Thursday, 21 April 2005

Critical reaction to election of Pope Benedict

Hans Küng

“The election of Cardinal Joseph Ratzinger as Pope comes as an enormous disappointment for all those who hoped for a reformist and pastoral Pope.

“But we must wait and see, for experience shows that the role of the Papacy in the Catholic Church today is so challenging that it can change anyone. Someone who enters the conclave a progressive cardinal can emerge as a conservative (such as Montini – Pope Paul VI), and someone who enters the conclave a conservative cardinal can, indeed, emerge as a progressive (Roncalli – Pope John XXIII).”

Küng goes on to discuss which first signals from the new pope will be important, and the problems which were not tackled by his predecessor.

There are others who are not happy with the outcome of the election.

Reuters “South Africa’s Tutu Disappointed at Pope Choice”

The Scotsman “Bishop [of Oxford] Denounces New Pope’s Election”

The Telegraph, in “Pope Benedict offers olive branch to critics” carries all three criticisms.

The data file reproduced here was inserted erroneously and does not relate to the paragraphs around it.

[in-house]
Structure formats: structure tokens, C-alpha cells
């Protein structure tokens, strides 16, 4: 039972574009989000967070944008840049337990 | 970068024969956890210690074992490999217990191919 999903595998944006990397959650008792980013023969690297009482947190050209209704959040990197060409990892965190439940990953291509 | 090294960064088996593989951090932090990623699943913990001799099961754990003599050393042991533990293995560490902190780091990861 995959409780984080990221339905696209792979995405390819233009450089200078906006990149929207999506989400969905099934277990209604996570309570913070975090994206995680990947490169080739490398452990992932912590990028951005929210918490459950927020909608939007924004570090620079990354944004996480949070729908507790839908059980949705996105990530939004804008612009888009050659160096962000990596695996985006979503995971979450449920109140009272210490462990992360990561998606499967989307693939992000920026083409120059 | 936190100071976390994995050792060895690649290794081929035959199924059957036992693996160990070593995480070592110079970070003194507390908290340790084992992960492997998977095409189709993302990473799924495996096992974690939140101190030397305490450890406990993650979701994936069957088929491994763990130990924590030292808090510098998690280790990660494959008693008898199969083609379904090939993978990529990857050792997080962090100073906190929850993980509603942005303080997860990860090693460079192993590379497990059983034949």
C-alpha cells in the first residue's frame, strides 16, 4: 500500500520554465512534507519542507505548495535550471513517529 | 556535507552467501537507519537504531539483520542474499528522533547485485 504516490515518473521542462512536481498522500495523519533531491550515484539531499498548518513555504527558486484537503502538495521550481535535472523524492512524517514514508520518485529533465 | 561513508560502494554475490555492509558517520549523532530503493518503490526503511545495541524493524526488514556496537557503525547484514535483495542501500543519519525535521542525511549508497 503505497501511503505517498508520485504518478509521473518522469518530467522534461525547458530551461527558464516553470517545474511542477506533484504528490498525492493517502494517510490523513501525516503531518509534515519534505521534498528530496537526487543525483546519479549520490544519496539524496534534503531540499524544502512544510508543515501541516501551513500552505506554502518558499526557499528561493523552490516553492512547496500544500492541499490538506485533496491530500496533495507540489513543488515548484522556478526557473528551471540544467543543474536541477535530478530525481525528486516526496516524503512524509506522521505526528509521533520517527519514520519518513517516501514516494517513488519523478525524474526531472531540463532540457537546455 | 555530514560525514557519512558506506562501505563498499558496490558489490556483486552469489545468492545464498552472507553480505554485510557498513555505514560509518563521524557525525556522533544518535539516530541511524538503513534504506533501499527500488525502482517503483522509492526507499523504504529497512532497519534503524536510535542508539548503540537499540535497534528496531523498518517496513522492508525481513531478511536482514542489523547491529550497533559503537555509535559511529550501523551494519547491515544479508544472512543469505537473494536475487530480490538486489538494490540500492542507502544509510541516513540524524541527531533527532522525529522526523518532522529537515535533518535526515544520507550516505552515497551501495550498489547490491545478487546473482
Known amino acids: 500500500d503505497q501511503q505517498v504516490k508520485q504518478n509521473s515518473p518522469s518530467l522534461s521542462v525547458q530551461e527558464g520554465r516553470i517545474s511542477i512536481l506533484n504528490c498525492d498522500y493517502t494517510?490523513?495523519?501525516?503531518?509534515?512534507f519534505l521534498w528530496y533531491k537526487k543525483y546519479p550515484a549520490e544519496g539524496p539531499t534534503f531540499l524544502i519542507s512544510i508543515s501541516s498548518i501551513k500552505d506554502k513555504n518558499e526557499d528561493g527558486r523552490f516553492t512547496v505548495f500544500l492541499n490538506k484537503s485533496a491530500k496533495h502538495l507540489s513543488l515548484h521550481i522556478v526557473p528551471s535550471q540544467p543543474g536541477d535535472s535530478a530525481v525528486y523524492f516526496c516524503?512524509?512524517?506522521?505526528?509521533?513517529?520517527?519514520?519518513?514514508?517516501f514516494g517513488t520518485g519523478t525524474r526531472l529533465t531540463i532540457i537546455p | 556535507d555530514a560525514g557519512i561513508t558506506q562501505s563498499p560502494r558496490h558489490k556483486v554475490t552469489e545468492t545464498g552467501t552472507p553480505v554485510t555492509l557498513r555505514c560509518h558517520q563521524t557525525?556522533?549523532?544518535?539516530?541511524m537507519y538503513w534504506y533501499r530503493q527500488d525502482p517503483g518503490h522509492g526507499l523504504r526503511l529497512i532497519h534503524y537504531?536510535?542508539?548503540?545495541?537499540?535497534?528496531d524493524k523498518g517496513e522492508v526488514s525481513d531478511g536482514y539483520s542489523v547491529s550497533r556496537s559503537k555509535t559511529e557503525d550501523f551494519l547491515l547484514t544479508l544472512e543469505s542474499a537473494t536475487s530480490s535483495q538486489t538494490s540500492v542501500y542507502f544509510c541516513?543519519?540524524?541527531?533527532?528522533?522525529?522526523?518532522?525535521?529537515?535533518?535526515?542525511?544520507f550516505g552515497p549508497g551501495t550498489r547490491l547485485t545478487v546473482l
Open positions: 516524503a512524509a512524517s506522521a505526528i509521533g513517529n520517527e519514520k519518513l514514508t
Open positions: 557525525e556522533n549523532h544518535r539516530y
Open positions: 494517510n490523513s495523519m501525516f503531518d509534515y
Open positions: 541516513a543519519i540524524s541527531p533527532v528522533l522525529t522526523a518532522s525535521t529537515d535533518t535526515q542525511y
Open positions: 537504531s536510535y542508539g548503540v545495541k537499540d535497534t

The Times reports that the pope’s elder brother is not happy either.

Posted by Peter Owen on Thursday, 21 April 2005 at 4:30pm BST | TrackBack
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Categorised as: News

Bishop of Oxford's welcome:

" I think one can quite properly ask whether a 78-year-old West European male is the best person...."

What a pleasant, ecumenical Christlike welcome to the new Pope! Quite a tirade, espcially from a liberal bishop! Ageist, racist, and sexist comment in one sentence!

Posted by: Pilgrim on Friday, 22 April 2005 at 9:36am BST

The Rev Richard Thomas, a spokesman for the Oxford Diocese, told the Press Association that Bishop Harries saw the appointment of Cardinal Ratzinger as an opportunity missed by the Catholic Church to bolster its relationship with the Anglican Church

The Anglican Church has deliberately adopted policies which puts further distance between itself and the RC church. Seems these are the missed opportunities, the deliberate errection of roadblocks in the name of modernity.

Posted by: S D Martin on Tuesday, 26 April 2005 at 4:58am BST

Somewhat mild, I would say.

How about 'We regret the election of this outdated bigot, and trust it will put to bed the ridiculous idea of 'unity' until the RC church abandons its repressive dogmas'?

Posted by: Merseymike on Tuesday, 26 April 2005 at 10:52am BST
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